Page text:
Barry Levinson

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Not to be confused with lesser known film producer Barry Levinson (producer) (1932–87).
Barry Levinson
Barry Levinson Shankbone 2009 Tribeca.jpg
Levinson at the 2009 premiere of Poliwood
Born (1942-04-06) April 6, 1942 (age 73)
Baltimore, Maryland, U.S.
Education American University
Occupation Director, screenwriter, producer, actor
Years active 1970–present
Spouse(s) Valerie Curtin (1975–1982)
Diana Rhodes (1983–present; 2 children)

Barry Levinson (born April 6, 1942) is an American screenwriter, Academy Award-winning film director, actor, and producer of film and television. His most notable works include acclaimed films such as the comedy-drama Diner (1982), the sports drama The Natural (1984), the war-comedy Good Morning, Vietnam (1987), the crime drama Bugsy (1991), and the political black comedy Wag the Dog (1997).[1][2][3] He won the Academy Award for Best Director for his work on the drama Rain Man (1988), which also won the Academy Award for Best Picture.

Early life[edit]

Levinson was born in Baltimore, Maryland, the son of Violet "Vi" (née Krichinsky) and Irvin Levinson, who worked in the furniture and appliance business.[4][5] His family was of Russian Jewish descent.[6]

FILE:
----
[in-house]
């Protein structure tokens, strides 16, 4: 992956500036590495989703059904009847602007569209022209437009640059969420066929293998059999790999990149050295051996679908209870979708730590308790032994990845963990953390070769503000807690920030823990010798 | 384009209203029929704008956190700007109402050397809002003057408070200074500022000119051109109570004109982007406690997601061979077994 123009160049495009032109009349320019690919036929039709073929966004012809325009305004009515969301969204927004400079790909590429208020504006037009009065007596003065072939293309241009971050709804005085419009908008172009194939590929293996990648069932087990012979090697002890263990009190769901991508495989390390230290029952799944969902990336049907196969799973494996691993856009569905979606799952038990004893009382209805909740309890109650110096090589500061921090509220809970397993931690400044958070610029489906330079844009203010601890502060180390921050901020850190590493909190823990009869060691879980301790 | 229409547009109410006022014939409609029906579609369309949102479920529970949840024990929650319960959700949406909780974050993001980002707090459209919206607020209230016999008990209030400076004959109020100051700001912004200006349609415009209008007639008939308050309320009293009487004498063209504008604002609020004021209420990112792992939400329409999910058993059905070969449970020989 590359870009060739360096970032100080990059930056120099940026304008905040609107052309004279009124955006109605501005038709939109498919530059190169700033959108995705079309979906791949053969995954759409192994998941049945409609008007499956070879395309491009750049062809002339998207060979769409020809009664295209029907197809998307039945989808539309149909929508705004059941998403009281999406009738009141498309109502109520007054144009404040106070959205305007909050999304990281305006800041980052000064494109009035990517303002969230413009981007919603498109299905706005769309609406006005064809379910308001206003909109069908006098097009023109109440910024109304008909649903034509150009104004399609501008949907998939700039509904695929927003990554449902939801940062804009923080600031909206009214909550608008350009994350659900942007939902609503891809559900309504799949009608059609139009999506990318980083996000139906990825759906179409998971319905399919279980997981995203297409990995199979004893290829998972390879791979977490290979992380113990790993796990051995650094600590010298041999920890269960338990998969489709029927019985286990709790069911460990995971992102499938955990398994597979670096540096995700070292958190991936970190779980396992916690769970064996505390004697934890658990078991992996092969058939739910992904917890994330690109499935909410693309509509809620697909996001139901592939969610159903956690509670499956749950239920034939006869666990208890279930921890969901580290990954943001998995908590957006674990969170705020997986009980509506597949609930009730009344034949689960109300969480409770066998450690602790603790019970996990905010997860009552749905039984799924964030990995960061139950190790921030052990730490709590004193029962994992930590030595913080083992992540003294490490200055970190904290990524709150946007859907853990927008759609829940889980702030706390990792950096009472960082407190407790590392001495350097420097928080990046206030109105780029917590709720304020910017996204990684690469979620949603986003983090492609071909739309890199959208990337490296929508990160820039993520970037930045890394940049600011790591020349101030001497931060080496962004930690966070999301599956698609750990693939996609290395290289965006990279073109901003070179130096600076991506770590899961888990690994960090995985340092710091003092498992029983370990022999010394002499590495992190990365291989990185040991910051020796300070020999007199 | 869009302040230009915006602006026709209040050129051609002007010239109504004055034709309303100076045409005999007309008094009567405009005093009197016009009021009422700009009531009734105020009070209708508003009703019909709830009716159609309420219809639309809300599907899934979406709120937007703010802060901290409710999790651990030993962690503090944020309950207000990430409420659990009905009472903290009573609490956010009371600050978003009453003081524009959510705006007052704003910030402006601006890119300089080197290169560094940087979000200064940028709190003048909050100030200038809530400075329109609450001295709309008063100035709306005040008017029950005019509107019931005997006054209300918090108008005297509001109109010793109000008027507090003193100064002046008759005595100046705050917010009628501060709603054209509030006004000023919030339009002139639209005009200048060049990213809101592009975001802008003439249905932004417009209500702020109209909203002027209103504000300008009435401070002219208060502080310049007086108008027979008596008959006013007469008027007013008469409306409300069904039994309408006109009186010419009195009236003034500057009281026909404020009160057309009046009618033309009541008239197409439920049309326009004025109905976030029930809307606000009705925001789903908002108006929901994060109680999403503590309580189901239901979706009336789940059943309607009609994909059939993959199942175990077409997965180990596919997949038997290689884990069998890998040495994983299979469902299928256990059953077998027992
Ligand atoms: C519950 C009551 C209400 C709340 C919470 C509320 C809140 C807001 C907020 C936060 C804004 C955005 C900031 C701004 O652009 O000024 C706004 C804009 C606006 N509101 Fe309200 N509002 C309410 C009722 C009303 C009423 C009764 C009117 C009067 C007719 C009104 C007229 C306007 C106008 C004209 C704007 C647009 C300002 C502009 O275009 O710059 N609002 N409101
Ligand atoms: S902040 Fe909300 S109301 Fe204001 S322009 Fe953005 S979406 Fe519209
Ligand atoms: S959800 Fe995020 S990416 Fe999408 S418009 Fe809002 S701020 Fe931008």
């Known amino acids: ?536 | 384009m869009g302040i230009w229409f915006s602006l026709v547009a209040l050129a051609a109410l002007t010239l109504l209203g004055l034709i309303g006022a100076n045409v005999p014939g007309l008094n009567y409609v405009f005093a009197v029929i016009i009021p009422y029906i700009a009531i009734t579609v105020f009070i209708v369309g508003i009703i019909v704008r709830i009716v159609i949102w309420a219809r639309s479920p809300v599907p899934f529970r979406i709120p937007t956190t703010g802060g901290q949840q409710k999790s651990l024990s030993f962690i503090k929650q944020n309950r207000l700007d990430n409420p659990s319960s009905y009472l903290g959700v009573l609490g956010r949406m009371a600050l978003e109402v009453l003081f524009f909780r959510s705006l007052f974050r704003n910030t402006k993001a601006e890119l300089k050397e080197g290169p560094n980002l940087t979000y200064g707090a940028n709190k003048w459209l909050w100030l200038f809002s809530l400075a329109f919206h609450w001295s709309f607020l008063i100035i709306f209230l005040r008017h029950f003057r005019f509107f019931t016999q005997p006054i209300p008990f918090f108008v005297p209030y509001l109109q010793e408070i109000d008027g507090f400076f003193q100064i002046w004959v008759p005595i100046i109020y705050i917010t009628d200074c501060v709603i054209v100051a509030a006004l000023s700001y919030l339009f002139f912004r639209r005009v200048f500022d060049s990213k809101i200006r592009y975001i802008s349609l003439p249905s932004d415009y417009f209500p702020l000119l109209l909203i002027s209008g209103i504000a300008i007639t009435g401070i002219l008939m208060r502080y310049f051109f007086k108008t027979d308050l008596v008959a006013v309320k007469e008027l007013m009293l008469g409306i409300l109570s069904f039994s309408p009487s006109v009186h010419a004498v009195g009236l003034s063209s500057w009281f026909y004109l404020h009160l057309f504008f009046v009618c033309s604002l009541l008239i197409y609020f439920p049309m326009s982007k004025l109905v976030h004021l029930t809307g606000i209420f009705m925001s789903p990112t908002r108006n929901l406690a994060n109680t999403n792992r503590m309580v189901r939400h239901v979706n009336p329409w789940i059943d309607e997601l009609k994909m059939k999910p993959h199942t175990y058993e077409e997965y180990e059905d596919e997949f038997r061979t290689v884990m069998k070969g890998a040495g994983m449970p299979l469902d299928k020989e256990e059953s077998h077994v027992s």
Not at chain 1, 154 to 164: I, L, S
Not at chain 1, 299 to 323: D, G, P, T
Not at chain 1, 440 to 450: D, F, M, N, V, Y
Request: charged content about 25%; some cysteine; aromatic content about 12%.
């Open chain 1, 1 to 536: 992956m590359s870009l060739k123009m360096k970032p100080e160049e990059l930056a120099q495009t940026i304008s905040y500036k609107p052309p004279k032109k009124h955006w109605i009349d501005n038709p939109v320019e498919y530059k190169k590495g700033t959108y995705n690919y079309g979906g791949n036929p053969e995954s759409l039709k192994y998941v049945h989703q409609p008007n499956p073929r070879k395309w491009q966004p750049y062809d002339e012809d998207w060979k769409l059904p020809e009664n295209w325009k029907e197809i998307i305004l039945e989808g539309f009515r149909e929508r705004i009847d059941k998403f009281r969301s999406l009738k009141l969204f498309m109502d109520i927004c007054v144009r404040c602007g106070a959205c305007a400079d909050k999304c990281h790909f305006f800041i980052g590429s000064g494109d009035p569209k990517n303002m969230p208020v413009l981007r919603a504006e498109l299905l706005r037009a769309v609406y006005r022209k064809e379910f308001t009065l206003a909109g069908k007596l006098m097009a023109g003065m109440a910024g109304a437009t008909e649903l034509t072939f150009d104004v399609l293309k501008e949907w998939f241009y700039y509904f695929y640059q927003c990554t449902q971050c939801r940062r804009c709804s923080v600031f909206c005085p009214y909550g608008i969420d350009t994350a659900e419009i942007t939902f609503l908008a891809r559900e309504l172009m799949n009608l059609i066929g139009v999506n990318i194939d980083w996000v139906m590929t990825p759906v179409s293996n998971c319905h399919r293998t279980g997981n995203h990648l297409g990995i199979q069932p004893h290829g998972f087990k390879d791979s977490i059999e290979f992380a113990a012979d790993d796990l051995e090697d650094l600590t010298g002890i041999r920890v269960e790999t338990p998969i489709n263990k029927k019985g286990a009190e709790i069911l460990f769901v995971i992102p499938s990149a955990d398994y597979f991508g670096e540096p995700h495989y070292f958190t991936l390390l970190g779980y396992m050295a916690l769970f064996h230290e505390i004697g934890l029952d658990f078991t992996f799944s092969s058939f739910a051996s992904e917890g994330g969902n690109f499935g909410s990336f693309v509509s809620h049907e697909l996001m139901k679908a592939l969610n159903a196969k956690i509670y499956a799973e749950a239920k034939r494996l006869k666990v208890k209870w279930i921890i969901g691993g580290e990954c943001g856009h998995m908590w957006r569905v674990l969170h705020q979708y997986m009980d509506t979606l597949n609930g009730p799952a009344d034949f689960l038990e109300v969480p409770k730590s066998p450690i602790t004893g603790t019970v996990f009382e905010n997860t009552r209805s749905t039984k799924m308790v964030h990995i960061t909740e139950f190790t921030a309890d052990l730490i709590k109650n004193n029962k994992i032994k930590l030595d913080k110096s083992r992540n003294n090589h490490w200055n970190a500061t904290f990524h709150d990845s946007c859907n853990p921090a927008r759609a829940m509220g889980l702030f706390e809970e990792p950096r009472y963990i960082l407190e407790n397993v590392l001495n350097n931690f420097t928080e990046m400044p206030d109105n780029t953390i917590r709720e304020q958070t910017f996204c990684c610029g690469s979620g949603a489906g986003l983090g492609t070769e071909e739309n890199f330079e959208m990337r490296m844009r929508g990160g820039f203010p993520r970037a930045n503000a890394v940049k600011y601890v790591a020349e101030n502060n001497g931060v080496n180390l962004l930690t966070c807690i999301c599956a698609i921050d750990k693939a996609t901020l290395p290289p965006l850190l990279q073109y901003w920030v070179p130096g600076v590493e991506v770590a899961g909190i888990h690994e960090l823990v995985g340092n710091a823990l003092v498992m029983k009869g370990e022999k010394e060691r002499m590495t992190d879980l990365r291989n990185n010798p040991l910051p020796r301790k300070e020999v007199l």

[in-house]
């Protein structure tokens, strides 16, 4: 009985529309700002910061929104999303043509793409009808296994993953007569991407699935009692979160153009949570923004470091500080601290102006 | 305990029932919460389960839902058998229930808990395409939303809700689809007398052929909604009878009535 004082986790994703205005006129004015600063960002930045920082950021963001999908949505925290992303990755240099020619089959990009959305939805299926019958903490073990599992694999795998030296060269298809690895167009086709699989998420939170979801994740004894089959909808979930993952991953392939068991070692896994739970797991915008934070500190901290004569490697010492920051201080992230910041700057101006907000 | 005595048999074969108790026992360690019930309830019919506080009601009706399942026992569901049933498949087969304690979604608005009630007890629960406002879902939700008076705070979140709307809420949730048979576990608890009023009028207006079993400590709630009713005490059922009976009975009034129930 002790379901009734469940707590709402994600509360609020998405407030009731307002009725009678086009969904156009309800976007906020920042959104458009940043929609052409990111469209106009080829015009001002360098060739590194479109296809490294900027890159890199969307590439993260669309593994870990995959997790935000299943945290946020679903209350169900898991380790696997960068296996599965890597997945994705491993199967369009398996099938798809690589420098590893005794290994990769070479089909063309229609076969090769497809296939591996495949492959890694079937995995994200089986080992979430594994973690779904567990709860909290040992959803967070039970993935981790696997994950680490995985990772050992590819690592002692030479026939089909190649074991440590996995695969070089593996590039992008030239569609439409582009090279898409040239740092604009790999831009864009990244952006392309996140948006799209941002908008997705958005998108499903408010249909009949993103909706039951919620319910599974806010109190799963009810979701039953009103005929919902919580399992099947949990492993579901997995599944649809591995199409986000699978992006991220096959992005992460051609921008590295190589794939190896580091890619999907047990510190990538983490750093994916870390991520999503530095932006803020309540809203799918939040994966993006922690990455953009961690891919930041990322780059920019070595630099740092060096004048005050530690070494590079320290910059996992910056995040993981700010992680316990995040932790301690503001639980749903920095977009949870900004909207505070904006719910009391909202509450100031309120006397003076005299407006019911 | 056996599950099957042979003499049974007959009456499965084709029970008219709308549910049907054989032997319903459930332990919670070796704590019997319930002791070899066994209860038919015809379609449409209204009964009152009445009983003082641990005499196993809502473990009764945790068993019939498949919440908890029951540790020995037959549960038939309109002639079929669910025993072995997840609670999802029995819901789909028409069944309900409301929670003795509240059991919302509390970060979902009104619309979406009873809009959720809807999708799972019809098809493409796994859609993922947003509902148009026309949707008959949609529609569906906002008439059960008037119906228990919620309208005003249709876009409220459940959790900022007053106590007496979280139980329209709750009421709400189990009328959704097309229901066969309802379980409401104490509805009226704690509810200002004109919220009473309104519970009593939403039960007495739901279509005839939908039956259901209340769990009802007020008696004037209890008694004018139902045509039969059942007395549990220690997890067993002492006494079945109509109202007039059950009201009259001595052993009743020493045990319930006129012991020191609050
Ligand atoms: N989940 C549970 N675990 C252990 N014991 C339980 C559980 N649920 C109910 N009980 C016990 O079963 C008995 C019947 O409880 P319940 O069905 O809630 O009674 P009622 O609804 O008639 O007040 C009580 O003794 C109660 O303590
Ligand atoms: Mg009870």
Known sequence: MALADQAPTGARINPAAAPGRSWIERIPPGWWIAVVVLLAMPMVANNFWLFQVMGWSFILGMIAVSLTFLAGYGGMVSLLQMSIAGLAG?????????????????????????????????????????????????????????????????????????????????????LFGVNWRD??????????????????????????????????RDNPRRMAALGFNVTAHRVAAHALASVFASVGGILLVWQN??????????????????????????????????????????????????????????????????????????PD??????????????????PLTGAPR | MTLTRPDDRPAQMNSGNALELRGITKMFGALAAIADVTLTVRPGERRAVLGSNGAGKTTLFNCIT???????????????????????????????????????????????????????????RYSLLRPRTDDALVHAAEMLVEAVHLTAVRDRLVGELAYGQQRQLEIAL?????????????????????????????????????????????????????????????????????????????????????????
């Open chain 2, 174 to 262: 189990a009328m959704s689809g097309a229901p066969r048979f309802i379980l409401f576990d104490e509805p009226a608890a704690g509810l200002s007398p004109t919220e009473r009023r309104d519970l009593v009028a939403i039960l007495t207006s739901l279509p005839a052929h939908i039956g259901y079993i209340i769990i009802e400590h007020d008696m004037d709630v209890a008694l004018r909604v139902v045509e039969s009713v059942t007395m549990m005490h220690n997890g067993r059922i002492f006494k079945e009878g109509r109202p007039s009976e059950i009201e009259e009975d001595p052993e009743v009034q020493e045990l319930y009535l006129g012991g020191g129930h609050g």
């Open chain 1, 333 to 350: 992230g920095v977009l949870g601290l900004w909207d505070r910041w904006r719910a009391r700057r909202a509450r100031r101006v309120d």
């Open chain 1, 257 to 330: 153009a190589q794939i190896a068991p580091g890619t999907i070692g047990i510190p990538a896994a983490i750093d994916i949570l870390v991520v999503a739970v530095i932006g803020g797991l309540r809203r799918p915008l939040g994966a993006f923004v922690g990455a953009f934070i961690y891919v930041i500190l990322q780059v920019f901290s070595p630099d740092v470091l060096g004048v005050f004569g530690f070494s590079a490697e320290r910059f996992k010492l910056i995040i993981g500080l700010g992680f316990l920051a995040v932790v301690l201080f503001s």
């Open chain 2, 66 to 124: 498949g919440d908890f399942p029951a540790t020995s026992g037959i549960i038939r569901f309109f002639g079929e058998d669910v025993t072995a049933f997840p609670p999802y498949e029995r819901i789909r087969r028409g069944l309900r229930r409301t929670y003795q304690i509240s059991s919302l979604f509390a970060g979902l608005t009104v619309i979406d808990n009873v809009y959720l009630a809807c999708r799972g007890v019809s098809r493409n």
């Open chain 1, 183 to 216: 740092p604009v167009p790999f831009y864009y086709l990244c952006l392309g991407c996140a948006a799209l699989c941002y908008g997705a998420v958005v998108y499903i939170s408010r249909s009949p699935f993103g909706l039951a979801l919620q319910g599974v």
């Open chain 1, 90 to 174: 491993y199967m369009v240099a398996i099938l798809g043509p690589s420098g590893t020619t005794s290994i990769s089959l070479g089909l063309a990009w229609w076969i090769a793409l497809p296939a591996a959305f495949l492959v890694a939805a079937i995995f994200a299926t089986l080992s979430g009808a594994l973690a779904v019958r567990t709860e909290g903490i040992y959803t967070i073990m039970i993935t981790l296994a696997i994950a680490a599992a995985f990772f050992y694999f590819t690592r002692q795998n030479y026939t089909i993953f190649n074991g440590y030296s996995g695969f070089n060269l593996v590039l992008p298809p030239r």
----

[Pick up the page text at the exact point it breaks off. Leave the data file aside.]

Career[edit]

Levinson's first writing work was for variety shows such as The Marty Feldman Comedy Machine, The Lohman and Barkley Show, The Tim Conway Show, and The Carol Burnett Show. After some success as a screenwriter – notably the Mel Brooks comedies Silent Movie (1976) and High Anxiety (1977) (in which he played a bellboy) and the Oscar-nominated script (co-written by then-wife Valerie Curtin) ...And Justice for All (1979) – Levinson began his career as a director with Diner (1982), for which he had also written the script and which earned him an Oscar nomination for Best Screenplay.

Diner was the first of a series of films set in the Baltimore of Levinson's youth. The others were Tin Men (1987), a story of aluminum-siding salesmen in the 1960s starring Richard Dreyfuss and Danny DeVito; the immigrant family saga Avalon (which featured Elijah Wood in one of his earliest screen appearances), and Liberty Heights (1999).